Trinny and Susannah stripped off this weekend, to create a living sculpture of naked bods. The pair, who have never been shy about talking about their lumps and bumps, this time showed them off, as part of their new ITV television show, The Great British Body. Creating quite a spectacle, volunteers stripped off and posed on the Sussex Downs, to create the sculpture of a man and a woman.
Flesh pink may not be the most flattering shade for everyone - but for once, Trinny and Susannah didn't care. The style gurus who made their names telling us how best to cover up our lumps and bumps stripped off with others at the weekend to celebrate the British body in all its shapes and sizes. Style gurus Trinny and Susannah stripped off with others to celebrate the British body in all its shapes and sizes.
Flesh pink may not be the most flattering shade for everyone - but for once, Trinny and Susannah didn't care. The style gurus who made their names telling us how best to cover up our lumps and bumps stripped off with others at the weekend to celebrate the British body in all its shapes and sizes. They asked volunteers to lie on the ground on the Sussex Downs and form living sculptures of a man and a woman in an "en masse celebration".
After years of telling people what not to wear, the fashion advisers Trinny Woodall and Susannah Constantine have gone a step further. The TV presenters joined hundreds of other people in a giant naked living sculpture as part of their new show The Great British Body. And we wanted to create a living, breathing, sculpture of that shape. Get The International Pack for free for your first 30 days for unlimited Smartphone and Tablet access.
The presenters wanted hundreds of people to take part in the stunt for their latest television programme, The Great British Body, creating a metre long human sculpture in the great outdoors in celebration of the male and female form. They held a series of roadshows around the country urging willing volunteers to sign up, promising to go naked themselves. But viewers of the final programme will see fewer than people assemble on the Sussex Downs on the allotted day - short of the minimum number needed for designer Kit Line to craft his sculpture.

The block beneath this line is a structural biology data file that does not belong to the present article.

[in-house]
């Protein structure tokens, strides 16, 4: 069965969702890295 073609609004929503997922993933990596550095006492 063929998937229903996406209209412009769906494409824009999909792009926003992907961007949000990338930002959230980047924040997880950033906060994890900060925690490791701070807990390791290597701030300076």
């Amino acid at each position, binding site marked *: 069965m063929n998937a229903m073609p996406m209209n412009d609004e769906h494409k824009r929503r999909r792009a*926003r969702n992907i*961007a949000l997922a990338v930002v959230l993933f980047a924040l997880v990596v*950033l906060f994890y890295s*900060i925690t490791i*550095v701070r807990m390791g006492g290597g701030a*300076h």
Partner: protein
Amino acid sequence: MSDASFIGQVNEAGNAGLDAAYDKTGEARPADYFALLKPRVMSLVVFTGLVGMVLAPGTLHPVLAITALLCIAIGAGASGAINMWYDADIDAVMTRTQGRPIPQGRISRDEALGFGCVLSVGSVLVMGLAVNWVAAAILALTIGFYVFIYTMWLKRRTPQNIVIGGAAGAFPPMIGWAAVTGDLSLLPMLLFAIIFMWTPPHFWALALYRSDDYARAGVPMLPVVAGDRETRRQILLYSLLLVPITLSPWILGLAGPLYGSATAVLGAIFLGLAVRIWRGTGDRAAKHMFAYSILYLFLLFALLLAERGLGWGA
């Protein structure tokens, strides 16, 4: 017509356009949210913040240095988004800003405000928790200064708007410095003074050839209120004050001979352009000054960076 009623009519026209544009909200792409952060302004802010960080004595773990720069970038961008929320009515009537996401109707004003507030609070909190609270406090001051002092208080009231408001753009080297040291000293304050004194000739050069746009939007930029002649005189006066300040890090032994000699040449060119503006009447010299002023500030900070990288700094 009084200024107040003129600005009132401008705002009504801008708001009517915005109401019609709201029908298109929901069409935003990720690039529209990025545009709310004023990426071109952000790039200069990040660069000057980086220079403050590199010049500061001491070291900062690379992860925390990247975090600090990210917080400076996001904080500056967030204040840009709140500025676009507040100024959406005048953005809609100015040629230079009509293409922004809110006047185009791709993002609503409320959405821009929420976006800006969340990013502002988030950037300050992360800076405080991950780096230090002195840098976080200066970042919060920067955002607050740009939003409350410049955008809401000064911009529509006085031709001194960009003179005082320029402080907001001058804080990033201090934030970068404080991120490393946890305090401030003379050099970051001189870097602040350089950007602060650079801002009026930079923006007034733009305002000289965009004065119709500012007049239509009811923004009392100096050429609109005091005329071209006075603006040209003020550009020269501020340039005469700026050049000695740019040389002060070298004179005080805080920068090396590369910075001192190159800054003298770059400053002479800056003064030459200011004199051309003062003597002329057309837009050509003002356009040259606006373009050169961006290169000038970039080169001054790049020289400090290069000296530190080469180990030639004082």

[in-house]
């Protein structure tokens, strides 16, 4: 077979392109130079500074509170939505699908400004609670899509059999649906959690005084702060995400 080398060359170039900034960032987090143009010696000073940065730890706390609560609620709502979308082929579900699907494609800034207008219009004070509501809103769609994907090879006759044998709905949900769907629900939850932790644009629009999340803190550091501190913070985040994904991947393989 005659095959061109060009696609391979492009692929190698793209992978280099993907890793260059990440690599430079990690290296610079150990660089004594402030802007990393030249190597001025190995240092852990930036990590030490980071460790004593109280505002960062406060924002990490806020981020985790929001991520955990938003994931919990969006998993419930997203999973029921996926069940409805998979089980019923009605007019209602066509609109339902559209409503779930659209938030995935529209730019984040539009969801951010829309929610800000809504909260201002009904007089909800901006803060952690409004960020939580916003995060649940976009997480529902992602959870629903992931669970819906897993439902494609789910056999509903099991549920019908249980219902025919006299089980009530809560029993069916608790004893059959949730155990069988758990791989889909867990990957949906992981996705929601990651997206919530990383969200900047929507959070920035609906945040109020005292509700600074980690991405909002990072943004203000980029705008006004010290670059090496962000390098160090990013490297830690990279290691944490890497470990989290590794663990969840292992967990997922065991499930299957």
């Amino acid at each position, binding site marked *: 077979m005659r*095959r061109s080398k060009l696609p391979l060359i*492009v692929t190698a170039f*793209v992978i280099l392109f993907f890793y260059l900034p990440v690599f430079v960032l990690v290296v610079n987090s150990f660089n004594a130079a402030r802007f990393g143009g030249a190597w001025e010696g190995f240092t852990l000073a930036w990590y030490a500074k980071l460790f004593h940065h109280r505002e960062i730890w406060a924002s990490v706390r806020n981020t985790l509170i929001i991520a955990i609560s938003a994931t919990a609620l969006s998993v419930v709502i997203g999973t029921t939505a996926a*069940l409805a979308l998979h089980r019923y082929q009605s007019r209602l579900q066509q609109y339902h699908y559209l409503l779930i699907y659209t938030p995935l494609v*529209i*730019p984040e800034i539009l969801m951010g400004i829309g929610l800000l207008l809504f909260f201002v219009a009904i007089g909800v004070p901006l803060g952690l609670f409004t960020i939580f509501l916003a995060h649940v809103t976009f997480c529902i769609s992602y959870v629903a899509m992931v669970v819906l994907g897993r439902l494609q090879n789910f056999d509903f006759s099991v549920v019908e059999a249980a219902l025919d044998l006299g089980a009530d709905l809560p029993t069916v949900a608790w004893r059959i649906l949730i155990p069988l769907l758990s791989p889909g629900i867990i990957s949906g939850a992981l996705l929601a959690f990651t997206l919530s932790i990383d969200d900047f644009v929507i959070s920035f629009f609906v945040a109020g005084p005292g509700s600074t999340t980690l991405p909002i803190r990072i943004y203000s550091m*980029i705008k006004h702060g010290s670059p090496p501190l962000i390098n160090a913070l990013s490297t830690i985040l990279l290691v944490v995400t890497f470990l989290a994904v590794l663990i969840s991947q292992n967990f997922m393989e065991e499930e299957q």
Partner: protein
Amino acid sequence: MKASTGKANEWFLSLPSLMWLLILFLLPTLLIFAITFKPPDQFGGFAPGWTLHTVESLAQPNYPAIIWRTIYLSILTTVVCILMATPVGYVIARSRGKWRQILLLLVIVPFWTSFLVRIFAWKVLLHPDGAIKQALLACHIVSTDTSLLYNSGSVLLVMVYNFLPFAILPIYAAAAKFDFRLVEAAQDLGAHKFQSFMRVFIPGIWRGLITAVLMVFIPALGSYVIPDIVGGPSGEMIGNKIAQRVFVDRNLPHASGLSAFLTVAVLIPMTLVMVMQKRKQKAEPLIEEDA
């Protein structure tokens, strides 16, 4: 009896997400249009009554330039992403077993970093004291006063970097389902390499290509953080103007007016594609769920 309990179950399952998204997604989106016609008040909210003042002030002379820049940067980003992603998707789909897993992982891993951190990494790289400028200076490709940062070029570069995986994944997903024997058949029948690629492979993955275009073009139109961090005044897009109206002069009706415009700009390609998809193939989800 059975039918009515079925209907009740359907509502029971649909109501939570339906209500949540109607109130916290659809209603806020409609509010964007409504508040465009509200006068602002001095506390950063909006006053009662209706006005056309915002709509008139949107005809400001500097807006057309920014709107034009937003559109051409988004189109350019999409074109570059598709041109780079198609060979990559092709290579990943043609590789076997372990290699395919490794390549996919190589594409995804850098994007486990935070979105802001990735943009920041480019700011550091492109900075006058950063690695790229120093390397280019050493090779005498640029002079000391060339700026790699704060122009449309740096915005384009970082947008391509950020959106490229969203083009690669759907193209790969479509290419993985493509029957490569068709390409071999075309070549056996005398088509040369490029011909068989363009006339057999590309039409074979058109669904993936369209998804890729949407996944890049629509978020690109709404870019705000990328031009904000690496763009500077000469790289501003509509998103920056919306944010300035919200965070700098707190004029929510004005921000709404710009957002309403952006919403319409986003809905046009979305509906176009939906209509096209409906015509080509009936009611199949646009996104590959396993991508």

Trinny Woodall and Susannah Constantine are to return to ITV1 with a series in which they encourage members of the public to get naked and measure their bodies in order to compile the nation's "most comprehensive body census". The pair will visit Newcastle, Birmingham and Brighton next month in a bid to get people to strip for their survey and to sign up for a huge human sculpture, which will form the finale of the three-part series, The Great British Body. Woodall and Constantine have recorded their own "how to" video to encourage viewers to take part and demonstrate how to measure themselves, although this time the duo have kept their own clothes on.
In the early noughtiestaste in Britain was largely dictated by two women: Trinny Woodall and Susannah Constantine. The straight-talking double act stripped women naked, placed them in a stark degree mirror and chucked most of their wardrobes in black bin liners during the process of the often brutal BBC TV show What Not to Wear. I imagine most households received at least one of their spinoff handbooks for Christmas, so as we are experiencing a '00s resurgence, I decided to revisit their style advice to see how their rules stand up in
The series sees Trinny Woodall and Susannah Constantine going to different households where couples experience difficulties in their relationship, and explore how clothing and style impacts marriage and relationships. Woodall and Constantine give advice and improve the appearance and style of the couples in an effort to rekindle the marriages and relationships that have become troubled. The ratings appeared to decrease since the first series, with the show attracting 2.